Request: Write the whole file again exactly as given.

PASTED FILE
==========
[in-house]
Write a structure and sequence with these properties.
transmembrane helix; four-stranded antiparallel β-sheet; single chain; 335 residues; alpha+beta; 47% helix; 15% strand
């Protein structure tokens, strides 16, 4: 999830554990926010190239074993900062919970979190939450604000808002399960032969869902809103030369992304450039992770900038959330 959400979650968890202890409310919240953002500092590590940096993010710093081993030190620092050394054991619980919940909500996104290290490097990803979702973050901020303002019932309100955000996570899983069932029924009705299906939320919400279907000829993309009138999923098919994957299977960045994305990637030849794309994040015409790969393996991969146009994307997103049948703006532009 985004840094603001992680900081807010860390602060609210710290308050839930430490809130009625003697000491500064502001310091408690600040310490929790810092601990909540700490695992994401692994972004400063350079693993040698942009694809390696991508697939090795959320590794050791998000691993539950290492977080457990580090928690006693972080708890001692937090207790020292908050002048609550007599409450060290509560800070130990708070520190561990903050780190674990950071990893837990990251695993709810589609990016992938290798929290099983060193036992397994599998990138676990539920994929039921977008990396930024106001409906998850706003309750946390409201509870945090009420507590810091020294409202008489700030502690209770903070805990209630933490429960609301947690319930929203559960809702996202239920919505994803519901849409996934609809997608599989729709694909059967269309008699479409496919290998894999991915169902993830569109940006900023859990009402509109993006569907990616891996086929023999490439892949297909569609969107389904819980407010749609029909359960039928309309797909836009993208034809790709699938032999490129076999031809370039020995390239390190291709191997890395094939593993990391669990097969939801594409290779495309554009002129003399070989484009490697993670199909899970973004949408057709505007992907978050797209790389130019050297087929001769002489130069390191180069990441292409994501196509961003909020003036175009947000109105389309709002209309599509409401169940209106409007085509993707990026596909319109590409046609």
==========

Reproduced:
[in-house]
Write a structure and sequence with these properties.
transmembrane helix; four-stranded antiparallel β-sheet; single chain; 335 residues; alpha+beta; 47% helix; 15% strand
């Protein structure tokens, strides 16, 4: 999830554990926010190239074993900062919970979190939450604000808002399960032969869902809103030369992304450039992770900038959330 959400979650968890202890409310919240953002500092590590940096993010710093081993030190620092050394054991619980919940909500996104290290490097990803979702973050901020303002019932309100955000996570899983069932029924009705299906939320919400279907000829993309009138999923098919994957299977960045994305990637030849794309994040015409790969393996991969146009994307997103049948703006532009 985004840094603001992680900081807010860390602060609210710290308050839930430490809130009625003697000491500064502001310091408690600040310490929790810092601990909540700490695992994401692994972004400063350079693993040698942009694809390696991508697939090795959320590794050791998000691993539950290492977080457990580090928690006693972080708890001692937090207790020292908050002048609550007599409450060290509560800070130990708070520190561990903050780190674990950071990893837990990251695993709810589609990016992938290798929290099983060193036992397994599998990138676990539920994929039921977008990396930024106001409906998850706003309750946390409201509870945090009420507590810091020294409202008489700030502690209770903070805990209630933490429960609301947690319930929203559960809702996202239920919505994803519901849409996934609809997608599989729709694909059967269309008699479409496919290998894999991915169902993830569109940006900023859990009402509109993006569907990616891996086929023999490439892949297909569609969107389904819980407010749609029909359960039928309309797909836009993208034809790709699938032999490129076999031809370039020995390239390190291709191997890395094939593993990391669990097969939801594409290779495309554009002129003399070989484009490697993670199909899970973004949408057709505007992907978050797209790389130019050297087929001769002489130069390191180069990441292409994501196509961003909020003036175009947000109105389309709002209309599509409401169940209106409007085509993707990026596909319109590409046609």